Flappers and Philosophers/Dalyrimple Goes Wrong/Chapter 4

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Yet, however Dalyrimple justified himself intellectually, he had many bad moments in the weeks immediately following his decision. The tremendous pressure of sentiment and inherited ambition kept raising riot with his attitude. He felt morally lonely.

The noon after his first venture, he ate in a little lunch-room with Charley Moore and, watching him unspread the paper, waited for a remark about the hold-up of the day before. But either the hold-up was not mentioned or Charley wasn't interested. He turned listlessly to the sporting sheet, read Doctor Crane's crop of seasoned bromides, took in an editorial on ambition with his mouth slightly ajar, and then skipped to Mutt and Jeff.

Poor Charley—with his faint aura of evil and his mind that refused to focus, playing a lifeless solitaire with cast-off mischief.

Yet Charley belonged on the other side of the fence. In him could be stirred up all the flamings and denunciations of righteousness; he would weep at a stage heroine's lost virtue, he could become lofty and contemptuous at the idea of dishonor.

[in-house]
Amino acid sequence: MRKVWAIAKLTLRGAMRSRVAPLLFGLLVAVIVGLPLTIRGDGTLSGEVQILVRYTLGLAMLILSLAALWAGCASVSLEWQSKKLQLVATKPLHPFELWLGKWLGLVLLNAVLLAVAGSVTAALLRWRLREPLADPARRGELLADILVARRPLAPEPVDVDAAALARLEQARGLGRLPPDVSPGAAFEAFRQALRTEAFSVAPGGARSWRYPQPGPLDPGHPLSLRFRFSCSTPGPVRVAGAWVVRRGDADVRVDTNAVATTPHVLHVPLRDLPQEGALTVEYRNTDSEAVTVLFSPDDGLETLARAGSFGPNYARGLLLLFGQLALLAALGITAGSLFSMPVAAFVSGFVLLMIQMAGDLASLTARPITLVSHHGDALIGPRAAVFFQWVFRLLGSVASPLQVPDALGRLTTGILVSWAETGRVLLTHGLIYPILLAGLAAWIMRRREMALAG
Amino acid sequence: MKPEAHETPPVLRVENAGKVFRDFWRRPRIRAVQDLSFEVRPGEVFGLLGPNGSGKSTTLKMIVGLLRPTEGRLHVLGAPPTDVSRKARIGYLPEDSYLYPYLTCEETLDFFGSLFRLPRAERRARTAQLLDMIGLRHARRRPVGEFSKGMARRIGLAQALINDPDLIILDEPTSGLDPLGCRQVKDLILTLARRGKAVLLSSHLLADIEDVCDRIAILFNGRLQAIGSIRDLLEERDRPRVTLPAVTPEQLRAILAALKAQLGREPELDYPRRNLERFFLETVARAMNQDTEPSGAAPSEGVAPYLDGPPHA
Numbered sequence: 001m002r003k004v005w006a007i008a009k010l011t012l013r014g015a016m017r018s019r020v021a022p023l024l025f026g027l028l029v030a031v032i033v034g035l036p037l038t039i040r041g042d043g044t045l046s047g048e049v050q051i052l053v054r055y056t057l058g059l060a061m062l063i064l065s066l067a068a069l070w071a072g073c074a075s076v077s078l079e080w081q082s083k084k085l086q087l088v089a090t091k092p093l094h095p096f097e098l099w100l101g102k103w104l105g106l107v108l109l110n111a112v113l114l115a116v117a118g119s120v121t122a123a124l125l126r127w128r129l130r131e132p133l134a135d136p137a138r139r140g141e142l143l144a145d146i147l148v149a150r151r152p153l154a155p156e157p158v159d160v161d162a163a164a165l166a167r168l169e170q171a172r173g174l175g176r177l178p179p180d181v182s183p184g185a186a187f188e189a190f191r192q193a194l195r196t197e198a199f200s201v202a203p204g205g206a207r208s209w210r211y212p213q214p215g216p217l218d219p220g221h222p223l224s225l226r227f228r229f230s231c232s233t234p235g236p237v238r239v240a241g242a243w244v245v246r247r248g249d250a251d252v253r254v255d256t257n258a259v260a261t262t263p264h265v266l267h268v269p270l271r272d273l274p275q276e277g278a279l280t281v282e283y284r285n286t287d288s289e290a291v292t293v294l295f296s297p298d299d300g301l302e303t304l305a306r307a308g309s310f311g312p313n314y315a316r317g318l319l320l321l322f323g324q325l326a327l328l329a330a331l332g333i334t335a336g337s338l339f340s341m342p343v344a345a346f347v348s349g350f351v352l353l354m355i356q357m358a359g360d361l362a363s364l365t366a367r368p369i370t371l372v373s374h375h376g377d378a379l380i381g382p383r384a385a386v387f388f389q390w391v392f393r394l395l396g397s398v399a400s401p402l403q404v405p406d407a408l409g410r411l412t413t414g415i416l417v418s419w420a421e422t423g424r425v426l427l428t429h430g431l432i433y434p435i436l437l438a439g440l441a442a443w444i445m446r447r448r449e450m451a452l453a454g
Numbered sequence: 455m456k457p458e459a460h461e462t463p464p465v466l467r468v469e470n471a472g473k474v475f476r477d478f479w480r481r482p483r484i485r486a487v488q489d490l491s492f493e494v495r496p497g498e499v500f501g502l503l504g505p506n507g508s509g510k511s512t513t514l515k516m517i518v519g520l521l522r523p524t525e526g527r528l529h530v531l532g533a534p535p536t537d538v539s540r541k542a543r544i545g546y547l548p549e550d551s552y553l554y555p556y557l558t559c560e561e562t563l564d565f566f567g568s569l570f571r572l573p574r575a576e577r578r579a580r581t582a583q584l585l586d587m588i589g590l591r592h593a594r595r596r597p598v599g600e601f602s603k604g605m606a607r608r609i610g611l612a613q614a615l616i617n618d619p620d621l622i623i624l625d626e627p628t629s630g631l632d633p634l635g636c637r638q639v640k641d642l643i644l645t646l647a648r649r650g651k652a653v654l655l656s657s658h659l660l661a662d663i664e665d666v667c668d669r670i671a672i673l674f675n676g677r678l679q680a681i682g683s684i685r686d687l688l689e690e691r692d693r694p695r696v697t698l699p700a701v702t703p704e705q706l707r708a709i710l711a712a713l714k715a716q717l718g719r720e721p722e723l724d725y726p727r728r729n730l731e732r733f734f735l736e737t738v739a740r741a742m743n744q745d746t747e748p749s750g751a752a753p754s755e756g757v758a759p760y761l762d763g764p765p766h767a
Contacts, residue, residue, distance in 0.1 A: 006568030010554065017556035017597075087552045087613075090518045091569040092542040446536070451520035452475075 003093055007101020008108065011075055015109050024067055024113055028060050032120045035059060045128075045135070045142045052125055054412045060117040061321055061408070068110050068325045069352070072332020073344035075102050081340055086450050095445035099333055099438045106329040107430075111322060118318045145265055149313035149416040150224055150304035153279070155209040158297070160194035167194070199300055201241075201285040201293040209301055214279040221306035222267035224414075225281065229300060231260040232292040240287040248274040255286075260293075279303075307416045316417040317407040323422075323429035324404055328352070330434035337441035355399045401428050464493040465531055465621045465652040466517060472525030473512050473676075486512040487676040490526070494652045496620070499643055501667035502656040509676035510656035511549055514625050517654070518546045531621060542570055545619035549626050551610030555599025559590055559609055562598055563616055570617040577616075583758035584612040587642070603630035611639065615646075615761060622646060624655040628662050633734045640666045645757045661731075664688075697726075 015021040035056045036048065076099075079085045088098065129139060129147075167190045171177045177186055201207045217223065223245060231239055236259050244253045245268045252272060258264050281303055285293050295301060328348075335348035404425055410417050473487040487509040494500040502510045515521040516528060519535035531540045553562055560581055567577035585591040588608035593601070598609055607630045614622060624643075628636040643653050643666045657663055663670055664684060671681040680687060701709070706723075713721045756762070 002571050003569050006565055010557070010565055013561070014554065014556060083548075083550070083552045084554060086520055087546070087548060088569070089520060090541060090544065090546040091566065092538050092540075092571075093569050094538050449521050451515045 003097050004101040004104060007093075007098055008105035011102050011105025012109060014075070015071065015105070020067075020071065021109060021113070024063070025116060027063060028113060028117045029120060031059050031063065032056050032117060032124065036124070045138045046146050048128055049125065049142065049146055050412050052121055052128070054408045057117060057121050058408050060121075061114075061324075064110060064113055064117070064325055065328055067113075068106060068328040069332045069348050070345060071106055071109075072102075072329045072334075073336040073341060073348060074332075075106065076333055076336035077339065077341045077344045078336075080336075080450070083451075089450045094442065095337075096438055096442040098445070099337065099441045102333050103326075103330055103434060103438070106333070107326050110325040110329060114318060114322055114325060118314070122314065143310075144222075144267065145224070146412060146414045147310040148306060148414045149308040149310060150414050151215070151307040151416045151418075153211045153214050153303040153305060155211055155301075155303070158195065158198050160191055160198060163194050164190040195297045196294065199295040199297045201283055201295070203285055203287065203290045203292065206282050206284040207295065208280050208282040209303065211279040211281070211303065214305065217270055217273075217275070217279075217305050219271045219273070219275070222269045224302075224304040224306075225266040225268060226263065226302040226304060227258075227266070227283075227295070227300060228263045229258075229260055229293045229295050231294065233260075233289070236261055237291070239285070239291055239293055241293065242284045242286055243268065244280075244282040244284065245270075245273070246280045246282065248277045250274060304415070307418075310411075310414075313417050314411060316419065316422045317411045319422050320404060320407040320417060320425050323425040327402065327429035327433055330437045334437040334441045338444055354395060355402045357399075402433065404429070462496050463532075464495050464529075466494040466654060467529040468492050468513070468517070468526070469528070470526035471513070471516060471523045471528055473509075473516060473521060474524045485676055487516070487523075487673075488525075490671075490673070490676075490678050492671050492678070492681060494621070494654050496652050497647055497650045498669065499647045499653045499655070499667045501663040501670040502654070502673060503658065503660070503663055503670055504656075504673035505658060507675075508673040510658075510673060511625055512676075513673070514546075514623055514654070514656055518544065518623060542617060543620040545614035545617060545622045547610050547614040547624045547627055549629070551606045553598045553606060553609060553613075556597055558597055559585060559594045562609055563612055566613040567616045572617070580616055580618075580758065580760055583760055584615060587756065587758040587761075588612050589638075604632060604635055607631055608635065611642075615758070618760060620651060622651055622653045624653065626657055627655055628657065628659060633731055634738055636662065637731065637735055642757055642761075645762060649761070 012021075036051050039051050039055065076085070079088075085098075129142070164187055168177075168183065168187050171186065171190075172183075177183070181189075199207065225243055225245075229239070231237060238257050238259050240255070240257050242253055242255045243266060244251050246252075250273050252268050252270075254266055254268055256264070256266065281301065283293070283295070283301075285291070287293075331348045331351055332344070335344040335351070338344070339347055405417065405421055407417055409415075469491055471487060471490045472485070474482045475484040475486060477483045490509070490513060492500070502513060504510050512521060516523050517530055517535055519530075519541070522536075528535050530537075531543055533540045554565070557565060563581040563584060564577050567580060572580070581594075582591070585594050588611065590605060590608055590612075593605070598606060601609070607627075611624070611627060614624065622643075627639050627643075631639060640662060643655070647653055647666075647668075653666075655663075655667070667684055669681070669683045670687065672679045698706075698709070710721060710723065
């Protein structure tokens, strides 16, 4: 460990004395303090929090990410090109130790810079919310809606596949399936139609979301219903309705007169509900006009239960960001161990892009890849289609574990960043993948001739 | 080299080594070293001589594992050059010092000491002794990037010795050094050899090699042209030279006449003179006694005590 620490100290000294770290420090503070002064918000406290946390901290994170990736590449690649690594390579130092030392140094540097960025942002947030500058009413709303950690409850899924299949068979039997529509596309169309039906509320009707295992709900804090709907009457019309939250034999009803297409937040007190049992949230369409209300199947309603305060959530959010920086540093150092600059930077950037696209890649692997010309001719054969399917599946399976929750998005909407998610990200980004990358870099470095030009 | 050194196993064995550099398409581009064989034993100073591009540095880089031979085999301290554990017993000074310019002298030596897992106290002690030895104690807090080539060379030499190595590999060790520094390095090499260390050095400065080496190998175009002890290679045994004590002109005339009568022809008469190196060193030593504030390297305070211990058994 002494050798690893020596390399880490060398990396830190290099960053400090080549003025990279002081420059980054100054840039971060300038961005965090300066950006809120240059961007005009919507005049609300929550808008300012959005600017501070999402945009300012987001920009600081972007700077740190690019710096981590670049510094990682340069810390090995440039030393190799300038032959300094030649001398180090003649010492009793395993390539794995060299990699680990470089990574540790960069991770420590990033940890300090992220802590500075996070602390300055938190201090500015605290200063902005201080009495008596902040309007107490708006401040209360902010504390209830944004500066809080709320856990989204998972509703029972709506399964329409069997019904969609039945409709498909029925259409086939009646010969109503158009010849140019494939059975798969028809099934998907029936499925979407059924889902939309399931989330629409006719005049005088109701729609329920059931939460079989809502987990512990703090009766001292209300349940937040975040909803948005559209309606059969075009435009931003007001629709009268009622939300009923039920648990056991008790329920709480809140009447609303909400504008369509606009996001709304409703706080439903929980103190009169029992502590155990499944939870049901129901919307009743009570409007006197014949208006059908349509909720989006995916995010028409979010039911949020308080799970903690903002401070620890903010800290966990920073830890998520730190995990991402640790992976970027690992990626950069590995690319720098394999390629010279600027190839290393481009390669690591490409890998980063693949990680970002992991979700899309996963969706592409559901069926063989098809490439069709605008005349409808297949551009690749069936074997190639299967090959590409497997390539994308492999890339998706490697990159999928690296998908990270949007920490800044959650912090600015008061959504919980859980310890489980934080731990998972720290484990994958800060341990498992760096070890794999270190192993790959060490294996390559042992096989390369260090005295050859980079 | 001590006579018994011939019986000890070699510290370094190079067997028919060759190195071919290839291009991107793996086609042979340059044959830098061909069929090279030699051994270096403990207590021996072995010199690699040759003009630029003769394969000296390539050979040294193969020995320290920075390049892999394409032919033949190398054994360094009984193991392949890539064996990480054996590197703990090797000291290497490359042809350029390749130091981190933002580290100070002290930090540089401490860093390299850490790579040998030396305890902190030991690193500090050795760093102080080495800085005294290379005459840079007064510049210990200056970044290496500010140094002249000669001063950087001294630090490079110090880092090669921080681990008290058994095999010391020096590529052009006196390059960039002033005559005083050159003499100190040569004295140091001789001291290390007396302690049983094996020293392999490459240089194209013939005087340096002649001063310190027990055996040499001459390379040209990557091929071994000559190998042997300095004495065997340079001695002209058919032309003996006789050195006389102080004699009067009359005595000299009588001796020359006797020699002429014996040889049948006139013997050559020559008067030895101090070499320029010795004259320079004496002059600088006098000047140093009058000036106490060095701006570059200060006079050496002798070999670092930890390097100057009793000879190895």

On my side, thought Dalyrimple, there aren't any resting-places; a man who's a strong criminal is after the weak criminals as well, so it's all guerilla warfare over here.

What will it all do to me? He thought with a persistent weariness. Will it take color out of life with the honor? Will it scatter my courage and dull my mind?—despiritualize me completely—does it mean eventual barrenness, eventual remorse, failure?

With a great surge of anger, he would fling his mind upon the barrier—and stand there with the flashing bayonet of his pride. Other men who broke the laws of justice and charity lied to all the world. He at any rate would not lie to himself. He was more than Byronic now: not the spiritual rebel, Don Juan; not the philosophical rebel, Faust; but a new psychological rebel of his own century—defying the sentimental a priori forms of his own mind——

Happiness was what he wanted—a slowly rising scale of gratifications of the normal appetites—and he had a strong conviction that the materials, if not the inspiration of happiness, could be bought with money.